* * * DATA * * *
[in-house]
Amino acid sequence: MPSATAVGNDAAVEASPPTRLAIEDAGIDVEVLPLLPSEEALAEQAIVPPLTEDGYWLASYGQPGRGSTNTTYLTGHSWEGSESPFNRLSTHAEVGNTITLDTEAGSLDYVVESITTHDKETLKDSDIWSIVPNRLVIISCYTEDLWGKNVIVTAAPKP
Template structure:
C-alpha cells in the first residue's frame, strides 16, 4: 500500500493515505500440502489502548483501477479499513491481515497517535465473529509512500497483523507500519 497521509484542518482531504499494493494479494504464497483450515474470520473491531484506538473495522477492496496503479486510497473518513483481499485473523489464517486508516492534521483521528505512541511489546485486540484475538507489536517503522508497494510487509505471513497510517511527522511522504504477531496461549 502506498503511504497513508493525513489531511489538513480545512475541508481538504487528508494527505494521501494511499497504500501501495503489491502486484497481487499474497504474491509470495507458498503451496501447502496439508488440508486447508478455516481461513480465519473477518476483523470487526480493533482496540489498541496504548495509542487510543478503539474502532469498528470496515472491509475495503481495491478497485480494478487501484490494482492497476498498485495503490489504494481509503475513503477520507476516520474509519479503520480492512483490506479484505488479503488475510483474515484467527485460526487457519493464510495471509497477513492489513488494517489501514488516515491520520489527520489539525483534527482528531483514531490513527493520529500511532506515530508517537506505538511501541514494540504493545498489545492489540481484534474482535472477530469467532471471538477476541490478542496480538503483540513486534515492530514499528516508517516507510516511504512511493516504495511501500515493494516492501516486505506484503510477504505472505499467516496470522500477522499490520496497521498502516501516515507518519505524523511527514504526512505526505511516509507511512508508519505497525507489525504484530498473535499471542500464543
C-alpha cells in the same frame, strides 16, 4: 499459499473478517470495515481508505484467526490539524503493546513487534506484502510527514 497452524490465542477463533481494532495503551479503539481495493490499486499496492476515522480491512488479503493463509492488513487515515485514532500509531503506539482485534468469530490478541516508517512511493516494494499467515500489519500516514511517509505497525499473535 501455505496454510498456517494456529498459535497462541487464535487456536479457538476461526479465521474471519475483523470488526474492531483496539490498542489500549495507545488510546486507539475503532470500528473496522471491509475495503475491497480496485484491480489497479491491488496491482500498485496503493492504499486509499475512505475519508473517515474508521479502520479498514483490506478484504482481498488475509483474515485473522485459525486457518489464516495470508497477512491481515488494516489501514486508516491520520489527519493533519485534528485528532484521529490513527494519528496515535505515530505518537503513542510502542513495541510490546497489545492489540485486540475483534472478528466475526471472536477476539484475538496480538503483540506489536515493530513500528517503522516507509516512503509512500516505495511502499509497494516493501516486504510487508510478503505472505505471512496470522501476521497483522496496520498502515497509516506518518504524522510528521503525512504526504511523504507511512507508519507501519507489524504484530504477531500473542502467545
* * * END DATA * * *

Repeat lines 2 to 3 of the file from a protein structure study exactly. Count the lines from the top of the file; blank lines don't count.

Amino acid sequence: MPSATAVGNDAAVEASPPTRLAIEDAGIDVEVLPLLPSEEALAEQAIVPPLTEDGYWLASYGQPGRGSTNTTYLTGHSWEGSESPFNRLSTHAEVGNTITLDTEAGSLDYVVESITTHDKETLKDSDIWSIVPNRLVIISCYTEDLWGKNVIVTAAPKP
Template structure: